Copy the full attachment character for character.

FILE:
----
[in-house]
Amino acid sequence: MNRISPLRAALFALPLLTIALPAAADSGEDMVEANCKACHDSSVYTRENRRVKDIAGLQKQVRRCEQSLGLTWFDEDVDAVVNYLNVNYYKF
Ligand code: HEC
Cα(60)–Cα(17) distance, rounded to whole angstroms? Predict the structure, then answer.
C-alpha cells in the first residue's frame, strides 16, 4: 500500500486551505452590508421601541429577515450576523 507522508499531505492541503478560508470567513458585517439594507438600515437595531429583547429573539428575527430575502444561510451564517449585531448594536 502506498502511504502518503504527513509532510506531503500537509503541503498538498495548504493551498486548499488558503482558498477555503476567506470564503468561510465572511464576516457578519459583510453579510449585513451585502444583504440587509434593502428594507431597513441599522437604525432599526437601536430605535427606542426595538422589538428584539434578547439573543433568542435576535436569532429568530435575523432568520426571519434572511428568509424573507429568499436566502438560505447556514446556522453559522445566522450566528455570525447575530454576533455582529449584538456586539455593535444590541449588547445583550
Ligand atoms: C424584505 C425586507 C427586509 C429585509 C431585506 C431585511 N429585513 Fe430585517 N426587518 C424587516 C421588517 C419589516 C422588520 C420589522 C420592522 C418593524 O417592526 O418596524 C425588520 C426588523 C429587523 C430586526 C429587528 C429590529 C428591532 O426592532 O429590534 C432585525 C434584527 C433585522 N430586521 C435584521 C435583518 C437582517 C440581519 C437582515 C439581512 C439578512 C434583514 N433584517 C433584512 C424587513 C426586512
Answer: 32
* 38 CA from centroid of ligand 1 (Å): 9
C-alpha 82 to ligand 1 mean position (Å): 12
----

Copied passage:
[in-house]
Amino acid sequence: MNRISPLRAALFALPLLTIALPAAADSGEDMVEANCKACHDSSVYTRENRRVKDIAGLQKQVRRCEQSLGLTWFDEDVDAVVNYLNVNYYKF
Ligand code: HEC
Cα(60)–Cα(17) distance, rounded to whole angstroms? Predict the structure, then answer.
C-alpha cells in the first residue's frame, strides 16, 4: 500500500486551505452590508421601541429577515450576523 507522508499531505492541503478560508470567513458585517439594507438600515437595531429583547429573539428575527430575502444561510451564517449585531448594536 502506498502511504502518503504527513509532510506531503500537509503541503498538498495548504493551498486548499488558503482558498477555503476567506470564503468561510465572511464576516457578519459583510453579510449585513451585502444583504440587509434593502428594507431597513441599522437604525432599526437601536430605535427606542426595538422589538428584539434578547439573543433568542435576535436569532429568530435575523432568520426571519434572511428568509424573507429568499436566502438560505447556514446556522453559522445566522450566528455570525447575530454576533455582529449584538456586539455593535444590541449588547445583550
Ligand atoms: C424584505 C425586507 C427586509 C429585509 C431585506 C431585511 N429585513 Fe430585517 N426587518 C424587516 C421588517 C419589516 C422588520 C420589522 C420592522 C418593524 O417592526 O418596524 C425588520 C426588523 C429587523 C430586526 C429587528 C429590529 C428591532 O426592532 O429590534 C432585525 C434584527 C433585522 N430586521 C435584521 C435583518 C437582517 C440581519 C437582515 C439581512 C439578512 C434583514 N433584517 C433584512 C424587513 C426586512
Answer: 32
* 38 CA from centroid of ligand 1 (Å): 9
C-alpha 82 to ligand 1 mean position (Å): 12